Anthony's Film Review
Grand Theft Auto III
(Video Game, 2001)
Grand Theft Auto III is a landmark video game, in terms of both gameplay and controversy...
In 1997, a UK-based video game company called DMA Design developed and released Grand Theft Auto, a game that would set the stage for one of the most controversial yet popular video game series ever. This is a game where the player takes on the role of a violent street criminal who steals cars to get around and participates in crime missions for cash. Missions involve a variety of tasks, such as killing specified human targets, transporting goods, stealing specific vehicles, tailing suspicious characters, and destroying targets with car bombs. The thrill of the game comes from doing missions with the risk of getting arrested ("Busted") or killed ("Wasted") and, in some cases, with constraints such as time limits. The best part is that missions usually have multiple ways to accomplish them, and you the player have the freedom to choose the method.
The big controversy of this game stems from the fact that the player's freedom also allows one to kill pedestrians and cops, accidentally or intentionally, by using weapons or running over them with vehicles. In fact, the game rewards extra points for doing any of these things. Still, the controversy wasn't too widespread because this game was created mainly for the PC, a smaller market than that of a game console system. And with the success of GTA, the game would be followed up with two expansion packs allowing the game to take place in 1960s London as well as the sequel Grand Theft Auto 2.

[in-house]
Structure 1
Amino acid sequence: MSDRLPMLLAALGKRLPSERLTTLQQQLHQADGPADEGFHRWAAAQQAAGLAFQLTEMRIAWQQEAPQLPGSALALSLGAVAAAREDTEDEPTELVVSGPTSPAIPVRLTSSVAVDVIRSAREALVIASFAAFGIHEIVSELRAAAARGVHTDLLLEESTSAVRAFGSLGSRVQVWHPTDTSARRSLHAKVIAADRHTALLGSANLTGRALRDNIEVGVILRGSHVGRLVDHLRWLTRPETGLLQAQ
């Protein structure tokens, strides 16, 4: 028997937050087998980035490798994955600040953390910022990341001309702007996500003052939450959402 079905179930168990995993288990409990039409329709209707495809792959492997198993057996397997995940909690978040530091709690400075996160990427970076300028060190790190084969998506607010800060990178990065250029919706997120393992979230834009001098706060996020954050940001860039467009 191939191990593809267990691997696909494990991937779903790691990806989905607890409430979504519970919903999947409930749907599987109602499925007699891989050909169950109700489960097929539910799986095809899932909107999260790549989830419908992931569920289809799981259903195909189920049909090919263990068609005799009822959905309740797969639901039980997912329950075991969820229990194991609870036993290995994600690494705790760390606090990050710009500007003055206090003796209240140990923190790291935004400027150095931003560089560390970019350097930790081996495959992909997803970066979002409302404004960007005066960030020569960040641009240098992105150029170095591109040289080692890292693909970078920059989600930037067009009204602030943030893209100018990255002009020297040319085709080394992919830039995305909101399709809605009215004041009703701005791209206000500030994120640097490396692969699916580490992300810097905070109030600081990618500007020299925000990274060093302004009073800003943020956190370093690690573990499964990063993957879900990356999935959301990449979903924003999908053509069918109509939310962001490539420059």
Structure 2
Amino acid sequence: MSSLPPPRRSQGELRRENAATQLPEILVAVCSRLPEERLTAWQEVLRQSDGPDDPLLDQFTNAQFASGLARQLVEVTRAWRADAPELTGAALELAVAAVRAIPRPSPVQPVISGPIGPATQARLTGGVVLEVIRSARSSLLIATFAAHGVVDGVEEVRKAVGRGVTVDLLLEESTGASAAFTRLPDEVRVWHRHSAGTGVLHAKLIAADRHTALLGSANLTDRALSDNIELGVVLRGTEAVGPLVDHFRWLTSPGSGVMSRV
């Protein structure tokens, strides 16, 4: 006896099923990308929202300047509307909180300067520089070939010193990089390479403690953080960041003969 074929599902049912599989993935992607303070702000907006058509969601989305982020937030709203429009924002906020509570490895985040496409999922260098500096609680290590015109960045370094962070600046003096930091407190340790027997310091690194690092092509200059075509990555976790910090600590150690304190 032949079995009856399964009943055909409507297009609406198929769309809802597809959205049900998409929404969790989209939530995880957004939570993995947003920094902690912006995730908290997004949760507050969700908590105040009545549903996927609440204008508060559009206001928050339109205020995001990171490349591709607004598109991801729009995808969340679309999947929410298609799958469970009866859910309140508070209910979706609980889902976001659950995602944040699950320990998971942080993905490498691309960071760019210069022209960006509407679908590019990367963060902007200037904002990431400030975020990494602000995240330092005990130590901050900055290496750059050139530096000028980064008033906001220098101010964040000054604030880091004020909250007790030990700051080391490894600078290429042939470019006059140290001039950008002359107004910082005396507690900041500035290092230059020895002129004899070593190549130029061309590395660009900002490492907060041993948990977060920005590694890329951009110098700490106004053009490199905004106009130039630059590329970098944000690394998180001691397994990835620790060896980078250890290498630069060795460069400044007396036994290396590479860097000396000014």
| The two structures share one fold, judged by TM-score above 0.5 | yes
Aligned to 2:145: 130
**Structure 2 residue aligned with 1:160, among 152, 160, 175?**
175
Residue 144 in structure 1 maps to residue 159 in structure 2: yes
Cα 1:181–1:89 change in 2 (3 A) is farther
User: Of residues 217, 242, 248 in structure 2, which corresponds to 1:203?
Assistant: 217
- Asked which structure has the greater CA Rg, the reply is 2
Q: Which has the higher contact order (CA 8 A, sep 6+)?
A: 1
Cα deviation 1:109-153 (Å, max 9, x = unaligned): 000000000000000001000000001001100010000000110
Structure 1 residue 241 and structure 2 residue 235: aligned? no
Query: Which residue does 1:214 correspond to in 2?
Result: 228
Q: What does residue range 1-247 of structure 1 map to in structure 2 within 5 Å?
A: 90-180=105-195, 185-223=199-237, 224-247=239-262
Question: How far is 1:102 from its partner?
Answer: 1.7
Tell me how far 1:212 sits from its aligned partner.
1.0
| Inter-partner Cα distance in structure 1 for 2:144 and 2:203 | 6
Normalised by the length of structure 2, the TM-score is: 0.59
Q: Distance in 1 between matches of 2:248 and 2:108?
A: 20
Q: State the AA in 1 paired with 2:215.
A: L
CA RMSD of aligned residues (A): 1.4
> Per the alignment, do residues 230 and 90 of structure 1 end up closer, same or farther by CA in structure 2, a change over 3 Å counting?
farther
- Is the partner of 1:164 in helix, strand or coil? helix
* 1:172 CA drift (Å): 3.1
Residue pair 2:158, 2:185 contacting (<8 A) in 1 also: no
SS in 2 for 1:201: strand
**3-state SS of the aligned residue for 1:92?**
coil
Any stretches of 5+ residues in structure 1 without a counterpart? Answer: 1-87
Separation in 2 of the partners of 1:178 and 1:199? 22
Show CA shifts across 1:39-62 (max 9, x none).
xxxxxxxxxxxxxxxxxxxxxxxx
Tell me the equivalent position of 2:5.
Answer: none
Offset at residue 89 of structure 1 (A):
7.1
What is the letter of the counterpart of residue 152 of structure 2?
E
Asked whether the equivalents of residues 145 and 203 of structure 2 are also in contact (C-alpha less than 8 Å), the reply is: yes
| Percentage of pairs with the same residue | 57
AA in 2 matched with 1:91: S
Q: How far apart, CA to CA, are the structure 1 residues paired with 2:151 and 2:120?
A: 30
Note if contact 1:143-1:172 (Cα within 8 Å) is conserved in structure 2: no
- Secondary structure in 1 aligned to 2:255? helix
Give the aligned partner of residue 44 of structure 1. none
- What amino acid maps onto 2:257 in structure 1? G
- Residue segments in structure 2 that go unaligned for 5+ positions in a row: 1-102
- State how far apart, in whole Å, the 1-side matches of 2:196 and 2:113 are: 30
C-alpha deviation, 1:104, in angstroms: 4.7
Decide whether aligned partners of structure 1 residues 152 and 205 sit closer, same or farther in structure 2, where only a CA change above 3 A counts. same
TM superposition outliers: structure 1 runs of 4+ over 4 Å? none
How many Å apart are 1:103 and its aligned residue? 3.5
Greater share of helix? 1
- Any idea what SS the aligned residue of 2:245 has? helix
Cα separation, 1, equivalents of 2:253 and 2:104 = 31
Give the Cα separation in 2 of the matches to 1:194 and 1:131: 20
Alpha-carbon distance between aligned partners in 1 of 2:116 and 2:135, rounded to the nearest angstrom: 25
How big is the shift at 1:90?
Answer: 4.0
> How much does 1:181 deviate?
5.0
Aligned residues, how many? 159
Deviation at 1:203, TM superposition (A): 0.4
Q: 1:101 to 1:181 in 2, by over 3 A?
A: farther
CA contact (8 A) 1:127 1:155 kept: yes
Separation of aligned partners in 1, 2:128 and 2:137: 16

Pretty soon, DMA Design was renamed Rockstar North and became part of a multinational game development company called Rockstar Games. It is this company that released Grand Theft Auto III in 2001. This game is the first in the GTA series to be design in a three-dimensional format with the player character viewed from behind, rather than a top-down two-dimensional perspective as with the earlier GTA games. It's also the first GTA game, I believe, to be marketed first for a console system (PlayStation 2) before the PC. Both of these factors are the reason why GTA III was highly controversial upon release, not just more so than the earlier GTA games but also more than most other video games released up until that point. That's because the act of killing pedestrians and cops now looks far more realistic and graphic in this 3D format, and you have a much larger population of people playing this game, including (sadly) teenagers.
Think about it. The earlier GTA games feature people as small figures viewed from above, so the act of killing, while appearing violent on screen, has less shock value. In GTA III, the player is much more immersed in the act of killing because of the 3D perspective. Never before has any video game allowed people to virtually participate in seriously violent crimes. From this point on, the notion that video games are relatively safe for kids without influential content is essentially over. And here's another bit of controversy to fuel the flames. GTA III, unlike earlier games, allows the player to pick up a prostitute in a vehicle, drive her to a secluded area for sex, and even kill her afterwards to take her money if one chooses to do so.